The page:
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2016 Argo 8×8 Amphibious ATV Review

Laugh at it; laugh with it

By: Chris Nelson | Photography by: Erich Schlegel May 13, 2016

BURNET, Texas—A beautiful field of flowers, blossoming with bright blue buffalo clover and
vibrant red Indian paintbrushes, is being flattened by the eight fat tires of the 2016 Argo LX. The
amphibious ATV snorts as it trundles through the rock-riddled field of Reveille Peak Ranch, 90
minutes north of Austin. It’s ugly and off-putting, this Argo, but it’s also one of the only vehicles
in the world that could’ve brought me to this secluded and serene spot high above Texas Hill

The people that created the Argo

Some Germans looked at the American ATV market and decided they could do better, so they
found a polyurethane tub, put an engine in it, and then attached four axles bookended by eight
steel wheels. No need for suspension as the soft tires wouldn’t hold much air and soak up
impacts on the trail. And said tires would be designed to double as waterwheels and rudders
during low-speed nautical adventures.

Brilliant, but the Germans who ran Argo and its umbrella corporation, Ontario Drive and Gear
LTD, loved challenges, not customers. Function came first, with form standing dejectedly
somewhere far in the distance. Their six- and eight-wheel Argos proved to be extremely capable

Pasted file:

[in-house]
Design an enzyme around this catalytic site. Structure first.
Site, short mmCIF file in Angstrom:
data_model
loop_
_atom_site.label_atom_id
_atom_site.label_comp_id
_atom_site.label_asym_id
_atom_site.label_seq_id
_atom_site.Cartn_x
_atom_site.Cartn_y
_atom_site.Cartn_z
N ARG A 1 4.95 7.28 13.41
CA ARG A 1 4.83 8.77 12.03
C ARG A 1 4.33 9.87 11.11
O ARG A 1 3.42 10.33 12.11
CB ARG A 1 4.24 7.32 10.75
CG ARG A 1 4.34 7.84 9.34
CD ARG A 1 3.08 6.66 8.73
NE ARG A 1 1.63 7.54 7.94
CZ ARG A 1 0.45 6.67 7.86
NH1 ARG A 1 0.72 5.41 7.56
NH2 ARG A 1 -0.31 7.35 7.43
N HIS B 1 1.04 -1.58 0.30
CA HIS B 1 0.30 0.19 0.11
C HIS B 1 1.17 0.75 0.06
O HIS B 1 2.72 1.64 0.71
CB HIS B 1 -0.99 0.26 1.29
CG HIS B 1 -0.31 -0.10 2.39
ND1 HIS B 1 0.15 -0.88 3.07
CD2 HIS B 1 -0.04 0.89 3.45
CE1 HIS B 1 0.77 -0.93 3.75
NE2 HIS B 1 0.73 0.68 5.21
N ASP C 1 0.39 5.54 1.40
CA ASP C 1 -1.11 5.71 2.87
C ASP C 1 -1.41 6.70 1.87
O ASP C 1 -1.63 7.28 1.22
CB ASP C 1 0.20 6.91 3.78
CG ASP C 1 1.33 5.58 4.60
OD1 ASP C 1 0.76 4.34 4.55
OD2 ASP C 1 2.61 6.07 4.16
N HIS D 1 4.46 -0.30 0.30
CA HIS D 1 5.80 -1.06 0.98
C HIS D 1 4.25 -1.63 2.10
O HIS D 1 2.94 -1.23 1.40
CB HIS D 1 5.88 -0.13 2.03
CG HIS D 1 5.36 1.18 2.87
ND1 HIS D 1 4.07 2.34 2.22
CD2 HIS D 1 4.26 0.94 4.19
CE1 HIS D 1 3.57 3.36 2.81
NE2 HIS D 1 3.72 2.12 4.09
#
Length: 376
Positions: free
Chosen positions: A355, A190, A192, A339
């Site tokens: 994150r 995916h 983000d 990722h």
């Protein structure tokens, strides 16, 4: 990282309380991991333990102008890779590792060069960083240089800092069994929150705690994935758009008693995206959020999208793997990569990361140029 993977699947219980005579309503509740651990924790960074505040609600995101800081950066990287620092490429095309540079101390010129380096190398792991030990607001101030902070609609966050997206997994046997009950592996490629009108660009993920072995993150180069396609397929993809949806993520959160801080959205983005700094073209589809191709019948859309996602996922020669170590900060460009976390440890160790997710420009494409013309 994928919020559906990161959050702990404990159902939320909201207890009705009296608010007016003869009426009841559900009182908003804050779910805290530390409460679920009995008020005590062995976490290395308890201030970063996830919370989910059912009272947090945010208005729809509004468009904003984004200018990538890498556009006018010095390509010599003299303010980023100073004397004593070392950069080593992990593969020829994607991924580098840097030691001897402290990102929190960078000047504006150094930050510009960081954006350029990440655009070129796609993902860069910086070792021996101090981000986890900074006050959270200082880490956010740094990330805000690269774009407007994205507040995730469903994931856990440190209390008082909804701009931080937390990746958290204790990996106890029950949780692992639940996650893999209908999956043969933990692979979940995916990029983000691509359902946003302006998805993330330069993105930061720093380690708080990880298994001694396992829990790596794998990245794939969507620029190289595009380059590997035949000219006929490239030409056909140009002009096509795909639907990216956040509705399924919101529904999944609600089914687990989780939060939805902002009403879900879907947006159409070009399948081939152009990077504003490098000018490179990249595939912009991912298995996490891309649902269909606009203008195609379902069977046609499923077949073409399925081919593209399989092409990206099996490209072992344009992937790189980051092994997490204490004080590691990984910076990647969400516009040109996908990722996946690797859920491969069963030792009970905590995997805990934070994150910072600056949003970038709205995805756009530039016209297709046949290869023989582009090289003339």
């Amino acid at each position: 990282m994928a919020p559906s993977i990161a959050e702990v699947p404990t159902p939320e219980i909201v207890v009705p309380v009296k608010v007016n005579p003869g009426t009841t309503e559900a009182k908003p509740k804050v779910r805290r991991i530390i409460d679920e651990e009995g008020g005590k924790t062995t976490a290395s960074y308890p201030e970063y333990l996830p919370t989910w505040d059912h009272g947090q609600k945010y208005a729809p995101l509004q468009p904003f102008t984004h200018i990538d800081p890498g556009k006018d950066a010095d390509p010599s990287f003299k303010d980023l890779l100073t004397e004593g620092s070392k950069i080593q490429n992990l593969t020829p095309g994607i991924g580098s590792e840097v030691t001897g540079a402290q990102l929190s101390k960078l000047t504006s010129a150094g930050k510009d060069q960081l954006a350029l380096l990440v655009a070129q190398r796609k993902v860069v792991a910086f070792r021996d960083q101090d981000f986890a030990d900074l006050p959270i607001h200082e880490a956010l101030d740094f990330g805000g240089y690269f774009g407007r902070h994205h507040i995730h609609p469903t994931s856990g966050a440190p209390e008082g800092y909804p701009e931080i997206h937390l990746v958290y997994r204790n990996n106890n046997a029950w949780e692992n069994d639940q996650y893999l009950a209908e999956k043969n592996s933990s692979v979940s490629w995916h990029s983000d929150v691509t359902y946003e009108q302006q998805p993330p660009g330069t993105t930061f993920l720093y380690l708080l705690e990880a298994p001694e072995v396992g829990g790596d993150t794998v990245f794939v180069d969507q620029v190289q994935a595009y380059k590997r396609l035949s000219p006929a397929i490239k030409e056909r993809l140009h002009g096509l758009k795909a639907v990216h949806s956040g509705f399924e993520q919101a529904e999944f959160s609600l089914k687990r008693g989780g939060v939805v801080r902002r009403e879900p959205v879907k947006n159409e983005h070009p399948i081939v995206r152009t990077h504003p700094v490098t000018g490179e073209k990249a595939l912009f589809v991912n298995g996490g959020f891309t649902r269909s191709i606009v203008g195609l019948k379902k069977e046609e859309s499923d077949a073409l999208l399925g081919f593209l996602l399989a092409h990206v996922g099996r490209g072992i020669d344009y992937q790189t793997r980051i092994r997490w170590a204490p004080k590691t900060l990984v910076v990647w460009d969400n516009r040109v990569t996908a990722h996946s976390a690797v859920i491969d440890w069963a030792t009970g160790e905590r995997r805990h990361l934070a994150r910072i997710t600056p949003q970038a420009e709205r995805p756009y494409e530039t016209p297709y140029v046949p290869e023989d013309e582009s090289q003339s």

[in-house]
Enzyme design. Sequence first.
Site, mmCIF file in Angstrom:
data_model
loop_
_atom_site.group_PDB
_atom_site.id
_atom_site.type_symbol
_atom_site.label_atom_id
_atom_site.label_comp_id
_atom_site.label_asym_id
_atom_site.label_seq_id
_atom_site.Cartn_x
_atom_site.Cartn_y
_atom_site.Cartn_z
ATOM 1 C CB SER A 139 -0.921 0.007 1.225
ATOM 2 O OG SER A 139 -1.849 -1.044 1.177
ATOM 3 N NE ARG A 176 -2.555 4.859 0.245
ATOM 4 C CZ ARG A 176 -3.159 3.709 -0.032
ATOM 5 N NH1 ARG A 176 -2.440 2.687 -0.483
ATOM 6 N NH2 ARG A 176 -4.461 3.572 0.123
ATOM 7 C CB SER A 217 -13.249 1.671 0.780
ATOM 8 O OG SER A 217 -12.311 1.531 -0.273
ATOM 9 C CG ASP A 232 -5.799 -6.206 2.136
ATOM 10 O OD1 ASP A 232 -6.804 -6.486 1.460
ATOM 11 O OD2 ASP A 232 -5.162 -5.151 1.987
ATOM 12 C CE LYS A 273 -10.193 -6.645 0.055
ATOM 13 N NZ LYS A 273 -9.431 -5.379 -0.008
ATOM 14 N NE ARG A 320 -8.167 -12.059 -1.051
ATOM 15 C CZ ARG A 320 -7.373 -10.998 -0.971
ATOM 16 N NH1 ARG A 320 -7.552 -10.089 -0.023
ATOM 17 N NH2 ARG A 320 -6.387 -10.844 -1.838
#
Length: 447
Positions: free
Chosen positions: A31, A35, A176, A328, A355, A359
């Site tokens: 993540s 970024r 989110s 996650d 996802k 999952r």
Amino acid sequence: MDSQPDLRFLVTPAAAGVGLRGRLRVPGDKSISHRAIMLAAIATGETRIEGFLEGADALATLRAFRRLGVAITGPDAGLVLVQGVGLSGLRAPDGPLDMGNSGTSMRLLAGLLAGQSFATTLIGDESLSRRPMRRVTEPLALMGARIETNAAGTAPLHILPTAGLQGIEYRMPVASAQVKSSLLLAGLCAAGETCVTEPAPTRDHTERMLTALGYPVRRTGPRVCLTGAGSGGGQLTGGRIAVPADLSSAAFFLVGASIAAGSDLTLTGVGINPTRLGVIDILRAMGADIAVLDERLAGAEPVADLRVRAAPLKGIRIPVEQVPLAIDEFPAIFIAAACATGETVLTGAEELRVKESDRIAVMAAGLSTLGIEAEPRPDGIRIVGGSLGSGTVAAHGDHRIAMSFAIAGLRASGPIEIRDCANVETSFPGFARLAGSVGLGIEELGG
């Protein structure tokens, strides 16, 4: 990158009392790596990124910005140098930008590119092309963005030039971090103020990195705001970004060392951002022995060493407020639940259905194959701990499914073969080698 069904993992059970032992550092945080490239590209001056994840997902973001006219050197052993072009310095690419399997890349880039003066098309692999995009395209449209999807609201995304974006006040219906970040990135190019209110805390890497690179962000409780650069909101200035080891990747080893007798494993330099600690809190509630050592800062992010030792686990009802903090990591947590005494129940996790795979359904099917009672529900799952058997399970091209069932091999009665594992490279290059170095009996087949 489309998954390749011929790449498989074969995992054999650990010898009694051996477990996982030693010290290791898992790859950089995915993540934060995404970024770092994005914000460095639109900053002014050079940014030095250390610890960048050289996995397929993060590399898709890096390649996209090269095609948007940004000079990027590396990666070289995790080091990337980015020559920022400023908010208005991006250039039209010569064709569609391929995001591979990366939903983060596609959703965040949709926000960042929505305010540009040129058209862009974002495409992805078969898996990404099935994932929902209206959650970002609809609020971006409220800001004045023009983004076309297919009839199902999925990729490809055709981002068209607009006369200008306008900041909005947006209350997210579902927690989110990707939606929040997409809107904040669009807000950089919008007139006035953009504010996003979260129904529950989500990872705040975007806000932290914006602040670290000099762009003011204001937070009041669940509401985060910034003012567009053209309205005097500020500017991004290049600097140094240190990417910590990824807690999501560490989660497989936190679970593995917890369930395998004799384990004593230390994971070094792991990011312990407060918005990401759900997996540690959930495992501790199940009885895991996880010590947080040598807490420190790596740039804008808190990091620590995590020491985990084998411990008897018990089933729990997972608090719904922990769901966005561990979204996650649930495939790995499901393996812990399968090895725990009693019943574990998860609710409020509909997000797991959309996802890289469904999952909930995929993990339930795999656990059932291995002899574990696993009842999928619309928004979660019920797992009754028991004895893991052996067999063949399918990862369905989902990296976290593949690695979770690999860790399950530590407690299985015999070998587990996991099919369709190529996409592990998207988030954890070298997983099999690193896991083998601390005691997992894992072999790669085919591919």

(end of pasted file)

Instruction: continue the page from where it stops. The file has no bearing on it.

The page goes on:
machines, climbing over and wading through just about everything, but they were horribly
executed, rusting when left out in the rain and reflecting little of what customers wanted. For
example, owners would be thrown from their Argos simply because no one at the company
considered how best to hold occupants in. In the ’90s, Argo sold about 4,000 ATVs a year. That
number had halved not long after the new millennium, and things looked grim

The people that keep Argo going

Ontario Drive & Gear came under new ownership in 2004. Along with Argo, the new shepherds
took control of ODG, which manufactures the gears and transmissions for the Argo, as well as
Argo’s aerospace and robotics divisions. They immediately started to rejigger the company, first
securing a contract with the Canadian Space Agency and NASA to build a moon rover that’s
supposed to launch in 2020, and then turned their attention to the Argo ATV.

“Our biggest market is over 65, and they can’t get in the thing,” says Enoch Stiff, president of
Argo. Comfort and ergonomics are now tantamount to functionality, and while Stiff is quick to
admit the Argo is still very modest, he says it’s now much better than it used to be. He and the
rest of the team at Argo added 34 dealerships in the U.S. last year alone, and they’re looking to
penetrate the lifestyle ATV market and not get stuck in their hunter-filled niche. “This is about
grandparents and grandkids,” says Stiff. “The Xbox has taken over,” noting that he wants Argo